Our chosen contractor, who was also our general contractor managing the mechanical and electrical contracts, broke ground in the second or third week of January.
The Selling of Our House
As the renovations of the kitchen rolled into the beginning of March – with no clear end in sight – we started to grasp firmer on our reality that our funds would run out before the renovations were completed.
At the same time, the idea of selling our house started to become more of a necessity. We were very fortunate to not only have the house to sell but also to be able to sell it in a strong seller’s market.
Our dilemma then became where were we going to live. The apartment in our new building was currently occupied by a tenant with a solid lease in place for an additional 3-years. We couldn’t simply kick them out. Their rent, along with the second garage bay, was covering most of our loan payments. We needed them while we were still in renovation mode.
Nevertheless, not knowing where we’d live, we listed the house in mid-March. It was on the market for 3-days before we had 4 or 5 offers to review. After choosing one and engaging with the buyers, a signed letter of offer was in place and we were set for a transaction date of June 15th.
We figured if nothing else, we could camp in our little camper for the summer while we figured out where to live for the winter.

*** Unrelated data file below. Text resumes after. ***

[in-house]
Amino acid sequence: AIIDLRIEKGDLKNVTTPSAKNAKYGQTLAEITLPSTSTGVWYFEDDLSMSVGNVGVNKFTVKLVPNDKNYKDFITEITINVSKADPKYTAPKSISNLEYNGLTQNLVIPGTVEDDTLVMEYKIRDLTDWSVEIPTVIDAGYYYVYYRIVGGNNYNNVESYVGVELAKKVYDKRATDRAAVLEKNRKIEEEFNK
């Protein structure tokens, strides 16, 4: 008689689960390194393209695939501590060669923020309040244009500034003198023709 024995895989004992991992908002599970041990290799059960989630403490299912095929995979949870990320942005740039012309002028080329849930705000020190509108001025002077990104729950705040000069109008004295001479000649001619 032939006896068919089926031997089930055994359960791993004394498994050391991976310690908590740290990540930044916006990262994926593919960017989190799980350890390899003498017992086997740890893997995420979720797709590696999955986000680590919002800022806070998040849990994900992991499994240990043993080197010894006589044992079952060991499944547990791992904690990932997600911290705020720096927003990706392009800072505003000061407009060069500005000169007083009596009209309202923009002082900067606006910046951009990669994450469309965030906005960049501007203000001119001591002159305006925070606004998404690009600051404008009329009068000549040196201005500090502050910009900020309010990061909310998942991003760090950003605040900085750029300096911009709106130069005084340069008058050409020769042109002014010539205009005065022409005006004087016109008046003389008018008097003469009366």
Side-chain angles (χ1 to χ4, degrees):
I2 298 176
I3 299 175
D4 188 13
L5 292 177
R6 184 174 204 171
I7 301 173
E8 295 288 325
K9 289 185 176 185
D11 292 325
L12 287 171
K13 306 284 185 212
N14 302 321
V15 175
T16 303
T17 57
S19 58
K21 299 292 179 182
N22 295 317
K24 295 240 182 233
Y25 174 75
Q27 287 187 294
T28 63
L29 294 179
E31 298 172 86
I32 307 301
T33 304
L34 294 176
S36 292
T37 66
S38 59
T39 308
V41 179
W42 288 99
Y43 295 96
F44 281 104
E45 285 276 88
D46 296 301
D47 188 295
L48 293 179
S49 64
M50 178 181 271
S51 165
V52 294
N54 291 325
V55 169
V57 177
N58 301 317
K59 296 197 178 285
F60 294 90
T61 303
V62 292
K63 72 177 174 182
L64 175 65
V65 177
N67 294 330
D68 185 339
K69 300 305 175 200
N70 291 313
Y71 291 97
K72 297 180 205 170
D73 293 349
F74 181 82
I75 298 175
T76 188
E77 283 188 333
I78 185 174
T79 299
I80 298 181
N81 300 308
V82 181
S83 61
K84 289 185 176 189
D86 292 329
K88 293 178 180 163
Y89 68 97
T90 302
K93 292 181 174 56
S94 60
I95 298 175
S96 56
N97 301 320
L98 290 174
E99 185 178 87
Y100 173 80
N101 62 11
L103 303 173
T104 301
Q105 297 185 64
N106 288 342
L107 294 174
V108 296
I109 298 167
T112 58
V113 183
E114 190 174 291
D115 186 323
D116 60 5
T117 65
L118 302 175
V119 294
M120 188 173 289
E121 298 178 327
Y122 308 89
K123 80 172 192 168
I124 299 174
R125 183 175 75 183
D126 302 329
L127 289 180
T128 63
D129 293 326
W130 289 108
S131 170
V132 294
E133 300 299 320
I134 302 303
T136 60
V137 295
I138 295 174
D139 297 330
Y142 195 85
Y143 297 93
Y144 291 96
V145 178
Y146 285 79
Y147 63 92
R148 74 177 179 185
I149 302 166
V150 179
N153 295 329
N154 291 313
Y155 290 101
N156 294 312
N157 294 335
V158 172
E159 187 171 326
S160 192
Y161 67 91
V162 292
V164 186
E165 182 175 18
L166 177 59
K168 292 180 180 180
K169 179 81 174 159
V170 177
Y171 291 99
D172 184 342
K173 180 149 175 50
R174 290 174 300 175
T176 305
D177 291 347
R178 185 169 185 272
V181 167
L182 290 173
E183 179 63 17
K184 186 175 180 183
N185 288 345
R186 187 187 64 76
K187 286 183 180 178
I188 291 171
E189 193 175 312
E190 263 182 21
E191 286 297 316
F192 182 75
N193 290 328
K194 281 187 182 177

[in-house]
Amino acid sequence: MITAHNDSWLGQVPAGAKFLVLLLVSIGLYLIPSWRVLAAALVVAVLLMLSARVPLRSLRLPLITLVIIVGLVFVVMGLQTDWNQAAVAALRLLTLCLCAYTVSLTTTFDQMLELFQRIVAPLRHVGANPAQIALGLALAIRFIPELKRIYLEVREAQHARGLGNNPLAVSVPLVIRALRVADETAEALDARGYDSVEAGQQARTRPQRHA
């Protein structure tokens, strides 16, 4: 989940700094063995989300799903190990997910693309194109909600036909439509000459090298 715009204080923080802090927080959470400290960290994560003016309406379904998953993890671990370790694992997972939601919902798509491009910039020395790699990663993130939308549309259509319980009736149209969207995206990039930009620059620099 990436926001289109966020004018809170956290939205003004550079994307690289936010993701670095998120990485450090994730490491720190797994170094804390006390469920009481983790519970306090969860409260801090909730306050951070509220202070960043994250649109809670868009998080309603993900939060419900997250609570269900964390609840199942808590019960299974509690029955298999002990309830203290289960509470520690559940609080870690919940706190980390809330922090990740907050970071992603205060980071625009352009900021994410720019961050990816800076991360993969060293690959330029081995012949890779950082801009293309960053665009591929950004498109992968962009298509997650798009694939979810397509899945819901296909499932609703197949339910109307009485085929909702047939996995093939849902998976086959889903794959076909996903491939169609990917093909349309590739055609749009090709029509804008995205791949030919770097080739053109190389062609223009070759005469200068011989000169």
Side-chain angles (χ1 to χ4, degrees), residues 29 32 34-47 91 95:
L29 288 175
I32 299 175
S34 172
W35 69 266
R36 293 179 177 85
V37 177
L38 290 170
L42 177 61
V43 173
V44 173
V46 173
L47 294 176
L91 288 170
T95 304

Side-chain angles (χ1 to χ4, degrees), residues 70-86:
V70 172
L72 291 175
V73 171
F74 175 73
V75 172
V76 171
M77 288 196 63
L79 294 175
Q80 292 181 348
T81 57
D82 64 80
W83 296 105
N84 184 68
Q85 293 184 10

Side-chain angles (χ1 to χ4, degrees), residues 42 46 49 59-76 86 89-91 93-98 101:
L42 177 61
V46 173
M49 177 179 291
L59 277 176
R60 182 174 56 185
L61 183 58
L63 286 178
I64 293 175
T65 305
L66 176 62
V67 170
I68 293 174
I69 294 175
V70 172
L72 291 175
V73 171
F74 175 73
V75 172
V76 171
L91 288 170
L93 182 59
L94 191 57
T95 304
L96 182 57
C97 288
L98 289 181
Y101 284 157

If everything went to plan we would be able to access just under $100,000 in equity from our house. Life advice: if you can, buy a house young. It will seem like an extremely big undertaking but could be greatly beneficial in the long run.
The Market Garden
As spring rolled in and with kitchen renovations out of our control, we started focusing our energy on things we did have control over. The gardens. The southeast side of our property came with approximately 5000 sq. ft. of growing soil brought in by a previous user.
With much help from family and a few borrowed tools, we nearly broke our backs throughout the month of May, moving soil to form a layout consisting of 4 plots, with 50-foot beds, 30’’ wide, and 12” furrows. Our method of growing follows systematic practices where all spaces are the same width and length, which helps streamline tools and materials needed. It also allows for easier crop rotation throughout the years, which aids in building soil nutrients and weed suppression within a no-till style of growing.